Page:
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Husein Dzhelil standing in front of the Canadian Parliament buildings, Ottawa, Ontario, May2005.
 
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Chinese break up 'needle' riots


04 September 2009
BBC
 



Riot police in the western Chinese city of Urumqi have used tear gas to disperse crowds in a third day of protests over public safety fears.

There has been growing anger over attacks with hypodermic needles.

Han Chinese in the city say they have been targeted in the attacks. They are also calling for quicker trials for people charged in July's ethnic riots.

Almost 200 people, most of them Han Chinese, were killed in violence with ethnic Uighurs in Urumqi.

Chinese authorities blame Uighur separatists for July's violence, saying it was orchestrated by Uighur separatists in exile. Xinjiang's population is split between mainly-Muslim Uighurs and Han Chinese - the country's majority ethnic group.

Stand-off

The BBC's Michael Bristow, in Urumqi, describes the situation as tense, as riot police move around the city to break up angry crowds gathering at intersections.

Police were guarding the central People's Square - scene of a large demonstration on Thursday - and waiting at roadblocks and in lorries parked on side streets.


Police moved to contain the protesters in Urumqi on Thursday
There were scuffles at one intersection as police moved in to arrest several protesters, our correspondent says.

Authorities have announced a ban on "all gatherings, marches or protests on roads or other public venues," the state-run Xinhua news agency said.

Large numbers of police were deployed overnight in the city after tens of thousands of Han Chinese protested in central areas on Thursday.

Safety fears

A series of unexplained stabbings using hypodermic syringes appears to have triggered the protests.

Chinese media said that nearly 500 people, almost all Han, have sought treatment for stabbings in the past few weeks. Reports said 89 people had "clear syringe marks" but that no-one had been infected or poisoned.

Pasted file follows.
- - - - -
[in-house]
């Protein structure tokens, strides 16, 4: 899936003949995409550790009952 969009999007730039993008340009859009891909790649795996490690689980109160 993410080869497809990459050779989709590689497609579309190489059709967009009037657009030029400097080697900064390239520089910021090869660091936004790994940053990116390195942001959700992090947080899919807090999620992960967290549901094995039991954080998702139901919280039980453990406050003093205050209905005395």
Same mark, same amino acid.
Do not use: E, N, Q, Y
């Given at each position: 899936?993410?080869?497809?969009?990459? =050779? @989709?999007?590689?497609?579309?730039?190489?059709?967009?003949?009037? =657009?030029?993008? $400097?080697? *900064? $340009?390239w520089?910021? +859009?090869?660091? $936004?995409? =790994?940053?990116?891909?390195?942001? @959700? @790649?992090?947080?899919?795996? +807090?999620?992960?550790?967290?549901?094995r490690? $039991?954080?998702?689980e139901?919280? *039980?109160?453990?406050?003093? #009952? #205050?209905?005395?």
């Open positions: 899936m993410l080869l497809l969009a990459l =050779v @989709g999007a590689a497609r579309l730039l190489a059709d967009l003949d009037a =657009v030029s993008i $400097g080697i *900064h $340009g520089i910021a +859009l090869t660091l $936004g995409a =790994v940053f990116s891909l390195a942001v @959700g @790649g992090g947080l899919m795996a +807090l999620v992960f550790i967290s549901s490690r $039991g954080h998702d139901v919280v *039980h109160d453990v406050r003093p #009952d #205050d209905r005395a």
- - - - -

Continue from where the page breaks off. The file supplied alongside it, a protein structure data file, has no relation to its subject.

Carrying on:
A businessman in Urumqi told the BBC on Thursday that many members of the Han community had joined the demonstrations.


Another Han resident said he was concerned for his safety.

"The local government is not doing enough to protect Han people there... I am really [worried about] my family and relatives there. [The] Chinese government should do more to prevent this," he told the BBC.

There is also anger over what many perceive as official slowness in punishing suspects charged for July's riots.

Protesters have accused the provincial government of being "useless", and some even called for the dismissal of regional Communist Party boss Wang Lequan, who is thought to be an ally of President Hu Jintao.

Ethnic tension

The tension between Xinjiang's Uighur and Han communities has been simmering for many years, but the ethnic unrest in July was the worst in China for decades.

The violence began on 5 July when an initially peaceful protest by Uighur youths, apparently prompted by an earlier riot in a factory in southern China, spiralled out of control - with shops and vehicles burned and passers-by attacked.

About 80 people have been charged over the violence but no date has been set for their trial.
 
 
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